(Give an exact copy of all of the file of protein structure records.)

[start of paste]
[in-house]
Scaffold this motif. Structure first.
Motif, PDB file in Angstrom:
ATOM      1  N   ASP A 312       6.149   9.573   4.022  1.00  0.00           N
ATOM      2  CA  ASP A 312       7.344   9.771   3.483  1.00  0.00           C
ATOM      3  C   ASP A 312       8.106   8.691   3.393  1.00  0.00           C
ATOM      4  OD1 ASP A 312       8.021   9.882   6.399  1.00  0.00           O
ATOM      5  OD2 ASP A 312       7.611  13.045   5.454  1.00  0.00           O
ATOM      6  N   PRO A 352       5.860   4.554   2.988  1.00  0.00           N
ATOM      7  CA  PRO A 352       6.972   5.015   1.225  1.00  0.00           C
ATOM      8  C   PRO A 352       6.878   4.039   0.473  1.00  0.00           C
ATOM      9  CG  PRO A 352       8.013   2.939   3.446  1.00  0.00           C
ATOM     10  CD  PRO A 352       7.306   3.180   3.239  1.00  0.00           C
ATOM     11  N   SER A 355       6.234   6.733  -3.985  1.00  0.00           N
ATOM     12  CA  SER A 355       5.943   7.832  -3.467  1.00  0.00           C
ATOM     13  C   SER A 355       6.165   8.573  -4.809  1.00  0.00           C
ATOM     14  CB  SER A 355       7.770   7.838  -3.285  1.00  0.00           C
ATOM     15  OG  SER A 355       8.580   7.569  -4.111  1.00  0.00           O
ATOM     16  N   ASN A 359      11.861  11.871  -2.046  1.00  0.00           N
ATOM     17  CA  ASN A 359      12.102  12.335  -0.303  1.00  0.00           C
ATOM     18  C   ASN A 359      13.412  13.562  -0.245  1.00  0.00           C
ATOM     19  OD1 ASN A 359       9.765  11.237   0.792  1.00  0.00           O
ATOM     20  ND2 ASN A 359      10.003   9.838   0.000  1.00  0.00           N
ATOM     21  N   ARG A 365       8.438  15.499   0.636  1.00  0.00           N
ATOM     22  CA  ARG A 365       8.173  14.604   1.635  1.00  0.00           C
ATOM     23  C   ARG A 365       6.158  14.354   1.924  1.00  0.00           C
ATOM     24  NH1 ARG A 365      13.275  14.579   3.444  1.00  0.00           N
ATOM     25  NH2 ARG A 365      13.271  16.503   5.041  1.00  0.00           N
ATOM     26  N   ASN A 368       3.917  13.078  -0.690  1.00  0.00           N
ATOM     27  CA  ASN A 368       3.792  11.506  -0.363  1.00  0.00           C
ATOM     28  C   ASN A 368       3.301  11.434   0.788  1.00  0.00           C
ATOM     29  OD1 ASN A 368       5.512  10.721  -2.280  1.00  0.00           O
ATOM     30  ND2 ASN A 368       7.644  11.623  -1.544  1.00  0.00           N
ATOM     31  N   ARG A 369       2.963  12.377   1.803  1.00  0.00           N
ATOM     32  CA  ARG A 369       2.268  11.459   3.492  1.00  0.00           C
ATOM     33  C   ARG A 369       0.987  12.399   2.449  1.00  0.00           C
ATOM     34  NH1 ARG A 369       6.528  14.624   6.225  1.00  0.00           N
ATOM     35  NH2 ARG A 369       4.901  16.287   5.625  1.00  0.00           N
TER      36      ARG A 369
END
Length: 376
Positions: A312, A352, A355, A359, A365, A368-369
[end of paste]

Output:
[in-house]
Scaffold this motif. Structure first.
Motif, PDB file in Angstrom:
ATOM      1  N   ASP A 312       6.149   9.573   4.022  1.00  0.00           N
ATOM      2  CA  ASP A 312       7.344   9.771   3.483  1.00  0.00           C
ATOM      3  C   ASP A 312       8.106   8.691   3.393  1.00  0.00           C
ATOM      4  OD1 ASP A 312       8.021   9.882   6.399  1.00  0.00           O
ATOM      5  OD2 ASP A 312       7.611  13.045   5.454  1.00  0.00           O
ATOM      6  N   PRO A 352       5.860   4.554   2.988  1.00  0.00           N
ATOM      7  CA  PRO A 352       6.972   5.015   1.225  1.00  0.00           C
ATOM      8  C   PRO A 352       6.878   4.039   0.473  1.00  0.00           C
ATOM      9  CG  PRO A 352       8.013   2.939   3.446  1.00  0.00           C
ATOM     10  CD  PRO A 352       7.306   3.180   3.239  1.00  0.00           C
ATOM     11  N   SER A 355       6.234   6.733  -3.985  1.00  0.00           N
ATOM     12  CA  SER A 355       5.943   7.832  -3.467  1.00  0.00           C
ATOM     13  C   SER A 355       6.165   8.573  -4.809  1.00  0.00           C
ATOM     14  CB  SER A 355       7.770   7.838  -3.285  1.00  0.00           C
ATOM     15  OG  SER A 355       8.580   7.569  -4.111  1.00  0.00           O
ATOM     16  N   ASN A 359      11.861  11.871  -2.046  1.00  0.00           N
ATOM     17  CA  ASN A 359      12.102  12.335  -0.303  1.00  0.00           C
ATOM     18  C   ASN A 359      13.412  13.562  -0.245  1.00  0.00           C
ATOM     19  OD1 ASN A 359       9.765  11.237   0.792  1.00  0.00           O
ATOM     20  ND2 ASN A 359      10.003   9.838   0.000  1.00  0.00           N
ATOM     21  N   ARG A 365       8.438  15.499   0.636  1.00  0.00           N
ATOM     22  CA  ARG A 365       8.173  14.604   1.635  1.00  0.00           C
ATOM     23  C   ARG A 365       6.158  14.354   1.924  1.00  0.00           C
ATOM     24  NH1 ARG A 365      13.275  14.579   3.444  1.00  0.00           N
ATOM     25  NH2 ARG A 365      13.271  16.503   5.041  1.00  0.00           N
ATOM     26  N   ASN A 368       3.917  13.078  -0.690  1.00  0.00           N
ATOM     27  CA  ASN A 368       3.792  11.506  -0.363  1.00  0.00           C
ATOM     28  C   ASN A 368       3.301  11.434   0.788  1.00  0.00           C
ATOM     29  OD1 ASN A 368       5.512  10.721  -2.280  1.00  0.00           O
ATOM     30  ND2 ASN A 368       7.644  11.623  -1.544  1.00  0.00           N
ATOM     31  N   ARG A 369       2.963  12.377   1.803  1.00  0.00           N
ATOM     32  CA  ARG A 369       2.268  11.459   3.492  1.00  0.00           C
ATOM     33  C   ARG A 369       0.987  12.399   2.449  1.00  0.00           C
ATOM     34  NH1 ARG A 369       6.528  14.624   6.225  1.00  0.00           N
ATOM     35  NH2 ARG A 369       4.901  16.287   5.625  1.00  0.00           N
TER      36      ARG A 369
END
Length: 376
Positions: A312, A352, A355, A359, A365, A368-369